Wheelchair basketball tournament drives awareness

Roads to Freedom Center for Independent Living of Northcentral Pennsylvania held its 6th annual wheelchair basketball tournament on Saturday. The teams consisted of people from donating businesses and other Centers for Independent Living, including Pennsylvania Statewide Independent Living Council and Center for Independent Living of Central Pennsylvania, shown here wearing yellow and two-time tournament champions Liberty Resources, in red. KATELYN HIBBARD/Sun-Gazette

Sounds of people cheering, basketballs dribbling and folks laughing as they worked out how to maneuver their wheelchairs across the basketball courts filled the Keiper Recreation Center at Lycoming College on Saturday.

All the fun could be attributed to Roads to Freedom Center for Independent Living of Northcentral Pennsylvania, which held its 6th annual wheelchair basketball tournament in the recreation center all day.

During the tournament, a craft and vendor fair was set up for people to shop at and participate in raffles.

“It’s all about having fun and raising disability awareness,” said Kim Womeldorf, director of programs and services.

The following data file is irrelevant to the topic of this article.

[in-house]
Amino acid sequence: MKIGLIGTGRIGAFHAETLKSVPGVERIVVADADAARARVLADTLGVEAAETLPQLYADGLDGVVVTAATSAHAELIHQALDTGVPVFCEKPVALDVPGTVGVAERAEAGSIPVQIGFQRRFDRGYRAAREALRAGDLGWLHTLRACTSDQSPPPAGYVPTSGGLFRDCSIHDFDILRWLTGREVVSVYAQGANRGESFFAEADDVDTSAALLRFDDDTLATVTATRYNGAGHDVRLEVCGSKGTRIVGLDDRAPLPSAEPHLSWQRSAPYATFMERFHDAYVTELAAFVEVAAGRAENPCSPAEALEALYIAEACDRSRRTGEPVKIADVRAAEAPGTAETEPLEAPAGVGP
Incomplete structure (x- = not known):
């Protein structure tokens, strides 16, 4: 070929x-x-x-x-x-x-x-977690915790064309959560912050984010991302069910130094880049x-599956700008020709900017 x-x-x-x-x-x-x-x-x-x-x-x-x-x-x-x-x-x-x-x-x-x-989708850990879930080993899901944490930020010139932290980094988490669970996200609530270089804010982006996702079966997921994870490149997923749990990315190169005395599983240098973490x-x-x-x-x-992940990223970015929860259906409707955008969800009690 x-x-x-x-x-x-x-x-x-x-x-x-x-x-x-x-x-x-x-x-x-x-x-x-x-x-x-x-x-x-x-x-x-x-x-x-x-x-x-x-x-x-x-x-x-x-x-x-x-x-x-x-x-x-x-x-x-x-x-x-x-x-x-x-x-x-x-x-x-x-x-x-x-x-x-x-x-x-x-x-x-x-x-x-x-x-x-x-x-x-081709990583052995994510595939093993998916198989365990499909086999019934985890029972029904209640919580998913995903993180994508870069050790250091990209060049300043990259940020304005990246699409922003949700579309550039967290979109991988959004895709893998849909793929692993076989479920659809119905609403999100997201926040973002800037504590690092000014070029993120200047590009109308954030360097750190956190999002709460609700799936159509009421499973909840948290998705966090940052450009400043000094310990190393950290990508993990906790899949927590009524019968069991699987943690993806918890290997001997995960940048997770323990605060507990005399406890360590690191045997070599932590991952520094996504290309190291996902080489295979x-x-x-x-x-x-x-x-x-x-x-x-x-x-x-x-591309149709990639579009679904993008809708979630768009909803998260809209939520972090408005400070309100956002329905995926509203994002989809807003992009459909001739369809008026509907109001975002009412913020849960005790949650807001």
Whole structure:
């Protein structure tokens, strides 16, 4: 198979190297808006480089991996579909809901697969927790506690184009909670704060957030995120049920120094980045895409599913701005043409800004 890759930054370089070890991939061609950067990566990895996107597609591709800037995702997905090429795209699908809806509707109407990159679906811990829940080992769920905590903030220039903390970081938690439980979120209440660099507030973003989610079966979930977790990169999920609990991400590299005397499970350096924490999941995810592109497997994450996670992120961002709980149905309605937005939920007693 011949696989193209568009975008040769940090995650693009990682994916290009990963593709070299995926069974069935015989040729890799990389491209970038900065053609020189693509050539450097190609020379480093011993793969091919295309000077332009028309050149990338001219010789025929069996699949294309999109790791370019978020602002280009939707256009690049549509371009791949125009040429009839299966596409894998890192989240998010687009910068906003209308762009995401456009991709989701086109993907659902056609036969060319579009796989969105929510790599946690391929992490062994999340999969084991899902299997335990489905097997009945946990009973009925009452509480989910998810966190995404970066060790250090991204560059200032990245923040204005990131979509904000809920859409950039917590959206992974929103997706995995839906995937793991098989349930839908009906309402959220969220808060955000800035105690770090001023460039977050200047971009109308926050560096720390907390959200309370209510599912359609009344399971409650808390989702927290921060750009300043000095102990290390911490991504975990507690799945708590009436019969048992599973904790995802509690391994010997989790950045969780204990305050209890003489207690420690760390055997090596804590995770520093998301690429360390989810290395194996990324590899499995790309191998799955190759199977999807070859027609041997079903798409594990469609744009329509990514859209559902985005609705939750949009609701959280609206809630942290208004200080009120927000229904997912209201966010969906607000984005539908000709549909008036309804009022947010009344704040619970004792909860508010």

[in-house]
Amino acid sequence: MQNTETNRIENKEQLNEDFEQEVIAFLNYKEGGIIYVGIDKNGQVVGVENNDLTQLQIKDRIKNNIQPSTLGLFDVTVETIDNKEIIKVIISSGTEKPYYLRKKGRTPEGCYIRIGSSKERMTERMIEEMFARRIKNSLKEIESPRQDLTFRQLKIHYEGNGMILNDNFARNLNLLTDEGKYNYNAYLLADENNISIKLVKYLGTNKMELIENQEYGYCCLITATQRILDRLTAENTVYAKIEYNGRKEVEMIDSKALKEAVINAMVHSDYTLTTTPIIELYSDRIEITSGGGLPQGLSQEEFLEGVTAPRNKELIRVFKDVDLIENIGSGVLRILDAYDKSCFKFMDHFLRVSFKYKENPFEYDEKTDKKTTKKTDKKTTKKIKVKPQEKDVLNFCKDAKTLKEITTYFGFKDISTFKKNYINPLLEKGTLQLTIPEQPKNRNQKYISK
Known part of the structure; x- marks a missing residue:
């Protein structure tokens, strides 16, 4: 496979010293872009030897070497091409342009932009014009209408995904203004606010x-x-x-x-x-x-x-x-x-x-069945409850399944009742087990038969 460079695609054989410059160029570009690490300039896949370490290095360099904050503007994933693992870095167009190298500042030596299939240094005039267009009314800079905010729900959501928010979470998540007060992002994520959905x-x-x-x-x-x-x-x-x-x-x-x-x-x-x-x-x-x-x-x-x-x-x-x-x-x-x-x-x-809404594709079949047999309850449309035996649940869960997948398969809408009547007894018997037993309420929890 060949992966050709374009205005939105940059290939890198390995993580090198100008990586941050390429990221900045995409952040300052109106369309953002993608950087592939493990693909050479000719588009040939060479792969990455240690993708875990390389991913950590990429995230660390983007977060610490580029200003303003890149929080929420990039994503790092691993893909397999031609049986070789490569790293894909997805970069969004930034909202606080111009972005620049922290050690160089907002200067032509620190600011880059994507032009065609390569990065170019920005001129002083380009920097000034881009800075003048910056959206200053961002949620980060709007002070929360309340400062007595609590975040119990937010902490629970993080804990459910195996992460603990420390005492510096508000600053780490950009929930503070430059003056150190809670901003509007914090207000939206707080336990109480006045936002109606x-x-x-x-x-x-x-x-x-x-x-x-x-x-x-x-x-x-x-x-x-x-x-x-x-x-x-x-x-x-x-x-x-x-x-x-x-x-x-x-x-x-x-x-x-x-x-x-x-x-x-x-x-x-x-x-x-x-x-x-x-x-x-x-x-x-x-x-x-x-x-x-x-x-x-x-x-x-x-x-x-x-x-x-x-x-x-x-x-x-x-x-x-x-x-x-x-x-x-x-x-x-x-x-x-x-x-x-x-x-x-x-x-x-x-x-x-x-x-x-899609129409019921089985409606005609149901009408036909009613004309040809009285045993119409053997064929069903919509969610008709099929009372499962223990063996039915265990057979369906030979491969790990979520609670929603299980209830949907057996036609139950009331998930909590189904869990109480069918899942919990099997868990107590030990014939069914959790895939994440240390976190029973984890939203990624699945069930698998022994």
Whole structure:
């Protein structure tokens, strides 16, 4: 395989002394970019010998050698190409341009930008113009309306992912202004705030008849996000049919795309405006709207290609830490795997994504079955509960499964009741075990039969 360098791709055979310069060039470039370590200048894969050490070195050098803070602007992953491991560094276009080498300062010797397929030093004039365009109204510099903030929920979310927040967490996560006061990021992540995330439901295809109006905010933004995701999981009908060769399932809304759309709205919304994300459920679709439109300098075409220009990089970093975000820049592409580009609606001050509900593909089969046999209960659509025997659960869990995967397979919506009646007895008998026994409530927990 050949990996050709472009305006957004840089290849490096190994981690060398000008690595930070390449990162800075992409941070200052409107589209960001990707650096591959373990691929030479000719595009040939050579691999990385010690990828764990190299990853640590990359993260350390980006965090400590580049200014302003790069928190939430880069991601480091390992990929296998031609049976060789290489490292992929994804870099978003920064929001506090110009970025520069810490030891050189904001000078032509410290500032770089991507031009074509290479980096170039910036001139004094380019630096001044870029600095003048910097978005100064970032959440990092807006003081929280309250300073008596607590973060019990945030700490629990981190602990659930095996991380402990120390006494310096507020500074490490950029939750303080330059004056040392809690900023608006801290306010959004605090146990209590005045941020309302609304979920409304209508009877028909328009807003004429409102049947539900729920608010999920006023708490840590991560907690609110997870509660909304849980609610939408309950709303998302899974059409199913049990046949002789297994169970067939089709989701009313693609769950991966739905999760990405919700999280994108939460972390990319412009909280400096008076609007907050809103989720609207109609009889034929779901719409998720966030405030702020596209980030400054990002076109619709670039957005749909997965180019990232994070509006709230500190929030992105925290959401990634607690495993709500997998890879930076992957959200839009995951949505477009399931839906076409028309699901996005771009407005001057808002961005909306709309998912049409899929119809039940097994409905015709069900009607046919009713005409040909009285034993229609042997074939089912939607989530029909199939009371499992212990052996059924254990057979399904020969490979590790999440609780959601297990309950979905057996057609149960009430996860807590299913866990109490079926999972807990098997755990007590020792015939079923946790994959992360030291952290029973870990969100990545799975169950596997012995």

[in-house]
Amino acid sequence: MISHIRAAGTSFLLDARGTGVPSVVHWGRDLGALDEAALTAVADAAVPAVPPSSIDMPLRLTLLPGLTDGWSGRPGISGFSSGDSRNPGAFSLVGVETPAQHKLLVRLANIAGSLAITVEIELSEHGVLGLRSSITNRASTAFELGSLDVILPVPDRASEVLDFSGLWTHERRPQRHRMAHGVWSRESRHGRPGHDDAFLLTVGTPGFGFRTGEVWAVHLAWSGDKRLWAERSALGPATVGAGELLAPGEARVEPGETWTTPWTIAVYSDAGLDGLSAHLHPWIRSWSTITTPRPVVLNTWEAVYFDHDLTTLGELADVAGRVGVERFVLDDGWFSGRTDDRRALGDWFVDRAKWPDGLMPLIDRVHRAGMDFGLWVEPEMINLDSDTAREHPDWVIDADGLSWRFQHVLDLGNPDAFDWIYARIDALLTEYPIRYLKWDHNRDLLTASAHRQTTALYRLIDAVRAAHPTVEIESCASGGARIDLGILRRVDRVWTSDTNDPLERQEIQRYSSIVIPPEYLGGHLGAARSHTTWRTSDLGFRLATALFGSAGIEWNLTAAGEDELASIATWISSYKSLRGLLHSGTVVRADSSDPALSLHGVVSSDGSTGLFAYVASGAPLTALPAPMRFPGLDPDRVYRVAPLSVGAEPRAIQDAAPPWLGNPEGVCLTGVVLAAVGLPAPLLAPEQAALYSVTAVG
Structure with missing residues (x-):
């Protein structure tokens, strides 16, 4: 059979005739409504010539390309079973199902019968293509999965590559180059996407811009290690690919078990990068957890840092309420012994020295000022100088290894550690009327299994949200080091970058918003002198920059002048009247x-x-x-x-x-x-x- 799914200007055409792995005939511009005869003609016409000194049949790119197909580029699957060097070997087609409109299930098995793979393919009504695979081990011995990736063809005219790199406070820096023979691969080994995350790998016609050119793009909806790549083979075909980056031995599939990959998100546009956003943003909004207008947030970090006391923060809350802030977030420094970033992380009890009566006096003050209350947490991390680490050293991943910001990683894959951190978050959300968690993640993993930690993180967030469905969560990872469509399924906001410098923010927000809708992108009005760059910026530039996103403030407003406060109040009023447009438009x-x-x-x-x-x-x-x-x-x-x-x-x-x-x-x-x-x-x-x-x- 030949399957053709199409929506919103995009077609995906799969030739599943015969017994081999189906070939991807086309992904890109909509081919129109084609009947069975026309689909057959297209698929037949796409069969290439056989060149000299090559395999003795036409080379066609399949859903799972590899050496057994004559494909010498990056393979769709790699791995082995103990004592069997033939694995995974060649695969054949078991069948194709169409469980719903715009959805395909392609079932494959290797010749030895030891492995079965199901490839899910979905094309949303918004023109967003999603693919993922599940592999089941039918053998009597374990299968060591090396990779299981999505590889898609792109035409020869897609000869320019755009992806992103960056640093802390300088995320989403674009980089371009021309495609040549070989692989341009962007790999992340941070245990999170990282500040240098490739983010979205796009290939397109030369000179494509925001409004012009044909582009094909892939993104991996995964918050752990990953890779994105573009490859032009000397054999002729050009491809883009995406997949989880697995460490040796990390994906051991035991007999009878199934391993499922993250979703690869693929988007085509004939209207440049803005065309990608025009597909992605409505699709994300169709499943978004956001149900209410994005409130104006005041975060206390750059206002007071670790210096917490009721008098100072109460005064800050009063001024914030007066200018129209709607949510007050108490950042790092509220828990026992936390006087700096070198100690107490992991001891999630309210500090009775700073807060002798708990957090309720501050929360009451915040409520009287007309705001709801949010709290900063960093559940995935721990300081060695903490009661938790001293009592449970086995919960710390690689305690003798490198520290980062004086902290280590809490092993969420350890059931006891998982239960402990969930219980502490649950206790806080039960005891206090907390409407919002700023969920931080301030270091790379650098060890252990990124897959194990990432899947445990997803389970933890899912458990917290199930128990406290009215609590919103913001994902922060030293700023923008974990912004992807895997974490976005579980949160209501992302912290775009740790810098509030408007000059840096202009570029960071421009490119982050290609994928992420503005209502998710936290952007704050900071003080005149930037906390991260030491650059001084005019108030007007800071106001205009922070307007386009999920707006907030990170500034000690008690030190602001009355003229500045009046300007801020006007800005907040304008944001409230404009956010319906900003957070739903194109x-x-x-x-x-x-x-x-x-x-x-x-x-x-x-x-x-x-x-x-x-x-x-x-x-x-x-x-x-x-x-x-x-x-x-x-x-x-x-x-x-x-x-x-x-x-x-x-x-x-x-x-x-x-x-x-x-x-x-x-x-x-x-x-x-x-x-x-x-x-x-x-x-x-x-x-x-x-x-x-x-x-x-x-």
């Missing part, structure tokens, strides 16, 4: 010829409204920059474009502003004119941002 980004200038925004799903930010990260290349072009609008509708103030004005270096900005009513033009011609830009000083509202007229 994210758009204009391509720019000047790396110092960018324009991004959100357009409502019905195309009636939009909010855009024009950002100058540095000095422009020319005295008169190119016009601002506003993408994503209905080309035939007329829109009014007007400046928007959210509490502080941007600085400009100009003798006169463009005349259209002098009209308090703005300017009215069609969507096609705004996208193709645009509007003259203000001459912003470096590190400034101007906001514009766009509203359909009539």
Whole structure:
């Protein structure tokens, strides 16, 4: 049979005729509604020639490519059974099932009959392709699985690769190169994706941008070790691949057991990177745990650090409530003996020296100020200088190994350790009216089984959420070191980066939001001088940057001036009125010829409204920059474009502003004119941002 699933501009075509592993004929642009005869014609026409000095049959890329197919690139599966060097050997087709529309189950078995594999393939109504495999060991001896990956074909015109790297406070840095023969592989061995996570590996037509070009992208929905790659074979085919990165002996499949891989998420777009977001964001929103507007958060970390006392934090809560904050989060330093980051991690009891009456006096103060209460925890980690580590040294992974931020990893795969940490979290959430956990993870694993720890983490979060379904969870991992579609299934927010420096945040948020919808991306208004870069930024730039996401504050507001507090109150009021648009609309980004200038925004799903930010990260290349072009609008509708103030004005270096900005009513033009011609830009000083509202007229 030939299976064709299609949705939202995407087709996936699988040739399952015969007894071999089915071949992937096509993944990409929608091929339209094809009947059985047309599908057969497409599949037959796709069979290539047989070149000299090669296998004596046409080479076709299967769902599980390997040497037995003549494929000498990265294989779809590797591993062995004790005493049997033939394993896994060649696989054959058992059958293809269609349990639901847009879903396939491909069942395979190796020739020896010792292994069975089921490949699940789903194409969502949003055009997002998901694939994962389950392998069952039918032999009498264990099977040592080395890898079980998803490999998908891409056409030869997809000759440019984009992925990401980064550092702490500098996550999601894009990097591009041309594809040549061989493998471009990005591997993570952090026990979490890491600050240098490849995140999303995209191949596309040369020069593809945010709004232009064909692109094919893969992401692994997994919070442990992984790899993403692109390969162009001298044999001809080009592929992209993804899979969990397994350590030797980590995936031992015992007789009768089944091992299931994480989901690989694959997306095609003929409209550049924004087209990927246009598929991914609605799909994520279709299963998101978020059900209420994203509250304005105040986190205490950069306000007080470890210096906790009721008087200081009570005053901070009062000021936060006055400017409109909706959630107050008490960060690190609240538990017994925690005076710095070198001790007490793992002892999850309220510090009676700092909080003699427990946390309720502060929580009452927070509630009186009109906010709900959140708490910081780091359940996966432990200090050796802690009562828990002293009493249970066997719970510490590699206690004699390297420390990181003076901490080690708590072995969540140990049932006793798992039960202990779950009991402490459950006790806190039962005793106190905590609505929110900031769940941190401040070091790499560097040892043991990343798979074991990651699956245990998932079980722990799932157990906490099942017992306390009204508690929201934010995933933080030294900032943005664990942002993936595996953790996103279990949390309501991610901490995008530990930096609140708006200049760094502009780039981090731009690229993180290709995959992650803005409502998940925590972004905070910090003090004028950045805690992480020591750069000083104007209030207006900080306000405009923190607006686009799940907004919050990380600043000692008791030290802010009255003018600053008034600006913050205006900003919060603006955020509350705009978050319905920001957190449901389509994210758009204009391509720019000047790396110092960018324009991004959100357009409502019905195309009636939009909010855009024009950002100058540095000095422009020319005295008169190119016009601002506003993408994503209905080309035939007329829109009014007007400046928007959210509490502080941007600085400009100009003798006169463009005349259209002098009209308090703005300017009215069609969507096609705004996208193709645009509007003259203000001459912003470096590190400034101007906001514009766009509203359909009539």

The event is the non-profit organization’s main fundraiser, helping it to assist people with disabilities in the Northcentral region of the state transition from nursing facilities into their own homes.

By press time, the total amount raised had not been calculated, but Roads to Freedom staff said the funds will go to its Ramping Up Life Campaign.

The campaign helps differently-abled people with costs associated with obtaining affordable housing, necessary home modifications, durable medical equipment and services in order to gain full independence. As the program’s title might suggest, one of its primary goals is adding ramps that comply with Americans with Disabilities Act guidelines to people’s homes.

The fundraiser doubles as a disability awareness training for those who attend, giving participants a glimpse of barriers that differently-abled people may deal with.

“It’s a great day for disability awareness,” said Amy Cline, of Roads to Freedom. “It’s not just people who are wheelchair-bound. My son played and he couldn’t believe how difficult it was.”

The competing teams consisted of members of businesses that donate to the non-profit as well as some of its sister organizations, including CompuGen Tech, Liberty Resources, Center for Independent Living of Central Pennsylvania and others.

Each team member had to play basketball while in a wheelchair.

Liberty Resources, a sister Center for Independent Living based in Philadelphia, took home the trophy for the second year in a row, Cline said.

“It’s about our Ramping Up Life Campaign, bringing the community together, building awareness and the fundraiser itself,” she said. “But it’s really about us being able to keep helping our disabled community members be able to live at home.”

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